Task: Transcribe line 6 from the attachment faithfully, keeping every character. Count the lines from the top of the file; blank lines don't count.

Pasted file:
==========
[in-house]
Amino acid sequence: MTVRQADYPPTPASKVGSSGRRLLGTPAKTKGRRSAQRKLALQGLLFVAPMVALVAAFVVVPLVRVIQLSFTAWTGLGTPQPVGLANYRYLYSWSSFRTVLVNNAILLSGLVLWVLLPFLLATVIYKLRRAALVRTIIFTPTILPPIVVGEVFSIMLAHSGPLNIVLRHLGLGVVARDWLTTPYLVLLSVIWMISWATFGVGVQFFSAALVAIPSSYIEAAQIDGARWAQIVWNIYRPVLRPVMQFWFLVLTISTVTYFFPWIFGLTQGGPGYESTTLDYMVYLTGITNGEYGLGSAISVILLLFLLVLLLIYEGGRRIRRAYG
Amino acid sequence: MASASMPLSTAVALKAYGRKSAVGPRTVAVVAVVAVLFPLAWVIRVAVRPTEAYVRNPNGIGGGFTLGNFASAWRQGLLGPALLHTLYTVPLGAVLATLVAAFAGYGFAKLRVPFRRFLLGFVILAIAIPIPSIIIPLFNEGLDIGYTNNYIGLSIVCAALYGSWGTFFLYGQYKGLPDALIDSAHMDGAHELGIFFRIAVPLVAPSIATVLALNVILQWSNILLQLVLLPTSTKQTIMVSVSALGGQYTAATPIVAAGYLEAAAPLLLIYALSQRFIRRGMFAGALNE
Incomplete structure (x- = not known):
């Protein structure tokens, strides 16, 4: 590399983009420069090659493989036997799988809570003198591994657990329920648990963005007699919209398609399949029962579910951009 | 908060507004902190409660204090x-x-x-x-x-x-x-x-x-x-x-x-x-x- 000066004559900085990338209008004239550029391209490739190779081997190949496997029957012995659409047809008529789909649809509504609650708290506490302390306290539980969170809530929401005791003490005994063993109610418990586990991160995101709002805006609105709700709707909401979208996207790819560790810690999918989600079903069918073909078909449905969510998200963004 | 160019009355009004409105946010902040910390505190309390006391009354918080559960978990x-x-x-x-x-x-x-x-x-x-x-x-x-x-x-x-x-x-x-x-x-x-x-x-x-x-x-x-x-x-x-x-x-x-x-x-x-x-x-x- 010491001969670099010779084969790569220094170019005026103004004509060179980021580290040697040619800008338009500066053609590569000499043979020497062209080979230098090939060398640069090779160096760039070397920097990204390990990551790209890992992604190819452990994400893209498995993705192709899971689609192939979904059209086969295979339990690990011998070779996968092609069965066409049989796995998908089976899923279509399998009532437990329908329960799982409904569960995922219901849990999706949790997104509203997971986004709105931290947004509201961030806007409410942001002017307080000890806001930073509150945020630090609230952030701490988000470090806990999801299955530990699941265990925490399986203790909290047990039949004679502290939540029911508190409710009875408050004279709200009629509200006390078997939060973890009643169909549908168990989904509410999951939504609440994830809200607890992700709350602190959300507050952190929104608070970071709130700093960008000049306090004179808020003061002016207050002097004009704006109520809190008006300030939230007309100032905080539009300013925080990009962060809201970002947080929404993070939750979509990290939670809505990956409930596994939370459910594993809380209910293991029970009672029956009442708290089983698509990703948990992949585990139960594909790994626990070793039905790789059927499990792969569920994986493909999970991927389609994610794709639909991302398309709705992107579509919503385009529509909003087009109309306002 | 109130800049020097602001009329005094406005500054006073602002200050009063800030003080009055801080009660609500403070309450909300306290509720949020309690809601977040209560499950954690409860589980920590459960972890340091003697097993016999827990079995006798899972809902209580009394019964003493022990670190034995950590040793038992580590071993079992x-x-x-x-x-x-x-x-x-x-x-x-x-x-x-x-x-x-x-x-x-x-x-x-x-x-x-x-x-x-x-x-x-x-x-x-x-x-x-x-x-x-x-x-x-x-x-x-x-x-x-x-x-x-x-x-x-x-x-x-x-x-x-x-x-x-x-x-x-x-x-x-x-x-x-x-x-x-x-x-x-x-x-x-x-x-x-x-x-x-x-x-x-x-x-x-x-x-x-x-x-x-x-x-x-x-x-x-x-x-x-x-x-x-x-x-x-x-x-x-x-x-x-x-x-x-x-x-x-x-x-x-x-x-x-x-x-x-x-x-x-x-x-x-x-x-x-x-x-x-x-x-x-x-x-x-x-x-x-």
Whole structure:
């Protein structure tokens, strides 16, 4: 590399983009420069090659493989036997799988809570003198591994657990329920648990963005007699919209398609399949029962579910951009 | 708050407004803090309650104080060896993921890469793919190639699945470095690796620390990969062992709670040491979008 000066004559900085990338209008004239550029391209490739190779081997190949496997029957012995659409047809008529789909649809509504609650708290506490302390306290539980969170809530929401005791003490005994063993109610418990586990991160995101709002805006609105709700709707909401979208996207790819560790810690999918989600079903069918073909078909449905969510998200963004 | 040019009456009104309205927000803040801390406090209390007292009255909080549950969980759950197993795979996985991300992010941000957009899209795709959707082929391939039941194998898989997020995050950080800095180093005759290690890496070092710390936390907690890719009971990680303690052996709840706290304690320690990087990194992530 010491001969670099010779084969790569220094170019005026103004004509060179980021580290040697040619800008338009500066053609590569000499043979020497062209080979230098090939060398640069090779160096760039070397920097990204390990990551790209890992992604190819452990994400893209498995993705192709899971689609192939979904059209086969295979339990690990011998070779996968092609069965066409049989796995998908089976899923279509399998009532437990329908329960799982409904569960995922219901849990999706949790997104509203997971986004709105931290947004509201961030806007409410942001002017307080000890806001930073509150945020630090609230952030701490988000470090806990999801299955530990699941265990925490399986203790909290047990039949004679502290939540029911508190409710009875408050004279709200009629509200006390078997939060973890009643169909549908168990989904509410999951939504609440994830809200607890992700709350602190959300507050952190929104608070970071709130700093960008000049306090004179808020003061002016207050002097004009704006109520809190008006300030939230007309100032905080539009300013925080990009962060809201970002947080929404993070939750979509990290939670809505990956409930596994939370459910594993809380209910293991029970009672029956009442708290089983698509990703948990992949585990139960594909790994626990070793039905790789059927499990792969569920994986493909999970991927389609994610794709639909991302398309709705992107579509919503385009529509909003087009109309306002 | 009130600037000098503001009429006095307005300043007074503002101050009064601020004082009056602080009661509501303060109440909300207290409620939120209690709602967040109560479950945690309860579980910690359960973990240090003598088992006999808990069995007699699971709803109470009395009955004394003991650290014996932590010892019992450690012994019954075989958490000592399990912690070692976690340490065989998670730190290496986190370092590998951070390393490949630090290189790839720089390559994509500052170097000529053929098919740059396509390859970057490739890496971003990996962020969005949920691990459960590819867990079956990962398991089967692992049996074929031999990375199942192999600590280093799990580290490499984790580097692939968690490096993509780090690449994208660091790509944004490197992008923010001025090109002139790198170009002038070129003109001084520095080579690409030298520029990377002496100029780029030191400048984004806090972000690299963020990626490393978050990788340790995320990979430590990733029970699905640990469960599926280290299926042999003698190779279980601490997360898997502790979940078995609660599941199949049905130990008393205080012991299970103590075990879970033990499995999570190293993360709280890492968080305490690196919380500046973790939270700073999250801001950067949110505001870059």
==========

Whole structure: